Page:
The Democratic Party and the Biden Administration are markedly more soft-spoken than their immediate predecessor, and there has been little vocalization (let alone action) of the sweeping reforms promised on the campaign trail. This has been much to the chagrin of those who hoped for “the most progressive administration in American history,” as Joe Biden himself proclaimed while on campaign during the primaries. While there has been the withdrawal from Afghanistan, and minor administrative changes on the homefront, there has been very little substantive domestic policy change.
That was until Aug. 24, when Biden announced an Executive Order that would, in effect: forgive up to $20,000 of student loans, restructure repayment options, continue the repayment moratorium until January 2023, and create policies that would hold university administrators accountable for managing career expectations and raising the cost of tuition. This comes after months of deliberation on the topic, and only after it became clear that Democratic colleagues could not, or would not, push for a Student Loan Forgiveness Bill in Congress.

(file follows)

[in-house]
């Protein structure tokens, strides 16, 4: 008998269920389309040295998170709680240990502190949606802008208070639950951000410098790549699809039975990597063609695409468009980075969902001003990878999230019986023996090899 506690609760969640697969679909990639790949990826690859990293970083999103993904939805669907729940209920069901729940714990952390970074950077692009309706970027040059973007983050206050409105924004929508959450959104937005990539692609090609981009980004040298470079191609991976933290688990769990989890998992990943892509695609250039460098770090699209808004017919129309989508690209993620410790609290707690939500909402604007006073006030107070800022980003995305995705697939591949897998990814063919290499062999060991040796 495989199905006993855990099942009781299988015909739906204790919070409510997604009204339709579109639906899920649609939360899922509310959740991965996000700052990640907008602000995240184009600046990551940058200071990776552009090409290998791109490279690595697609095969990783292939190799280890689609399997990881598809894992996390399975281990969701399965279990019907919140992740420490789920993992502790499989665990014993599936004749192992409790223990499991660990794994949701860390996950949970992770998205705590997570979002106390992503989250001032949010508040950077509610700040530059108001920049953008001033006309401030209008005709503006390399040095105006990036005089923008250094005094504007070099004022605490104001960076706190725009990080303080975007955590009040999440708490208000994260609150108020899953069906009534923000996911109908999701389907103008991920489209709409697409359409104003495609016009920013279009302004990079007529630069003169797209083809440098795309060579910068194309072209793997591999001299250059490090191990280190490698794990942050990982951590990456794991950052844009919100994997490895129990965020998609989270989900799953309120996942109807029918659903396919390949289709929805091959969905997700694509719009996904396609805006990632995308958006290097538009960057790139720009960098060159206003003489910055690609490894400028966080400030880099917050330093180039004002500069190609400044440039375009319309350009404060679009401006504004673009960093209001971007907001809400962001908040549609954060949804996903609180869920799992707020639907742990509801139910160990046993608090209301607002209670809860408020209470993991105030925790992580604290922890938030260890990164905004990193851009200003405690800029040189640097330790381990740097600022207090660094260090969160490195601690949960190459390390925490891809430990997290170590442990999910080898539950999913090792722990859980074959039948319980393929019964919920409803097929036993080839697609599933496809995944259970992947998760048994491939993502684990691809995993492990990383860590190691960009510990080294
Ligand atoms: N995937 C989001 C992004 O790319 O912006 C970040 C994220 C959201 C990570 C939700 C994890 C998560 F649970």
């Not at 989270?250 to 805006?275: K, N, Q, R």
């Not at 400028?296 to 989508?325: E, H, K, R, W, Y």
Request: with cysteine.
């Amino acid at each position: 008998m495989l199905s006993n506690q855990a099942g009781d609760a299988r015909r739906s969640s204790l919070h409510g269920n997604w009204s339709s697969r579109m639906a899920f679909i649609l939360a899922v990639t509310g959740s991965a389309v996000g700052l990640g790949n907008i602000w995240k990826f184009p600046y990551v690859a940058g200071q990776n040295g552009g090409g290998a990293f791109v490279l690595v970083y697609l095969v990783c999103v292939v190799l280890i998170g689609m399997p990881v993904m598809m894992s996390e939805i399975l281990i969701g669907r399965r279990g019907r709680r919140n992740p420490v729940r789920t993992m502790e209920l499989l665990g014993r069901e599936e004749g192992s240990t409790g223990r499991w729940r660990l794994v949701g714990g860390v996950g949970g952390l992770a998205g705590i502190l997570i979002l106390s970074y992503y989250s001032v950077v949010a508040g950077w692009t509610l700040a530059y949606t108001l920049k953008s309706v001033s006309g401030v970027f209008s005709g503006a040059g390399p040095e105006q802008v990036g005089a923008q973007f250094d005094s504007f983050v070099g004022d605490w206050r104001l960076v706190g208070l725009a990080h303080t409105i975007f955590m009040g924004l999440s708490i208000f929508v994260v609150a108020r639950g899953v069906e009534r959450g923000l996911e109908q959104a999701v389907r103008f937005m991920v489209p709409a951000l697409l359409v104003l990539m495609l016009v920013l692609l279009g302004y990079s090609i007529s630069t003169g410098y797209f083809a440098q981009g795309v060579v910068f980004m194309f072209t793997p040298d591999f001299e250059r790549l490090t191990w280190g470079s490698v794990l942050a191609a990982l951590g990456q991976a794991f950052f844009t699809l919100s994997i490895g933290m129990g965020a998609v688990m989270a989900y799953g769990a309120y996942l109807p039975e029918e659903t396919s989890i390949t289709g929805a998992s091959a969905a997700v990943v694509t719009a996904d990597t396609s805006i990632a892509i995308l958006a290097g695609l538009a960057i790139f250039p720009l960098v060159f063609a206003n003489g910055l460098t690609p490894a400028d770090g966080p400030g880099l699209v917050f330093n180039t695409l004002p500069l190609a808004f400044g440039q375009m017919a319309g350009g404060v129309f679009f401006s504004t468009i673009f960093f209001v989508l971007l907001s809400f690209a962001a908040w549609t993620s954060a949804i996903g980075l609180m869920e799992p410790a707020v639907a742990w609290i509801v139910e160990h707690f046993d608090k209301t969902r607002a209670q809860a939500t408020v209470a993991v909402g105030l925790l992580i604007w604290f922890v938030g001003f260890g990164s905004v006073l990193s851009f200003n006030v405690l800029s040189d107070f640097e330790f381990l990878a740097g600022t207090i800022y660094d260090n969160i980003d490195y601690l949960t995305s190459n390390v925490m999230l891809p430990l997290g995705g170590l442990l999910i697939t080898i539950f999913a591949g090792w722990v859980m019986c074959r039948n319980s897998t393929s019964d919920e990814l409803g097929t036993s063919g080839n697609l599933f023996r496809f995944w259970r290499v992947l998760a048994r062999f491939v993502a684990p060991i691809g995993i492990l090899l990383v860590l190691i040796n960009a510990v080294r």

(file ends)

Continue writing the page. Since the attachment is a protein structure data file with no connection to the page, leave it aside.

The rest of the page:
It is important to note that more progressive partisans of the president’s party, such as Sen. Bernie Sanders, called for debt relief of 100%, a far cry from the $20,000. But what do these angelic messages from on high mean to the common UNCG student? Simply put, the way forward is unclear. While Biden’s promises are titillating, it remains to be seen if their implementation will be successful. If all things go according to plan, the Department of Education is prepared to begin forgiving loans within a few months. This process will either be done automatically, if the Department has the necessary income information, or by an application process. According to the Biden Administration this push was done for myriad reasons including to lift the middle class from the quagmire it has been in for the past decade, as well as to decrease racial disparities in wealth.
It is also no coincidence that the announcement comes as the midterm elections ramp up, which will most likely negatively affect Democratic House candidates. Could this executive order be just what Joe Biden needs to pull on a young voting population? The efficacy of this remains to be seen. However, for our university here, with nearly 63% of the student body receiving some kind of grant aid, it is impossible not to feel a sense of hope.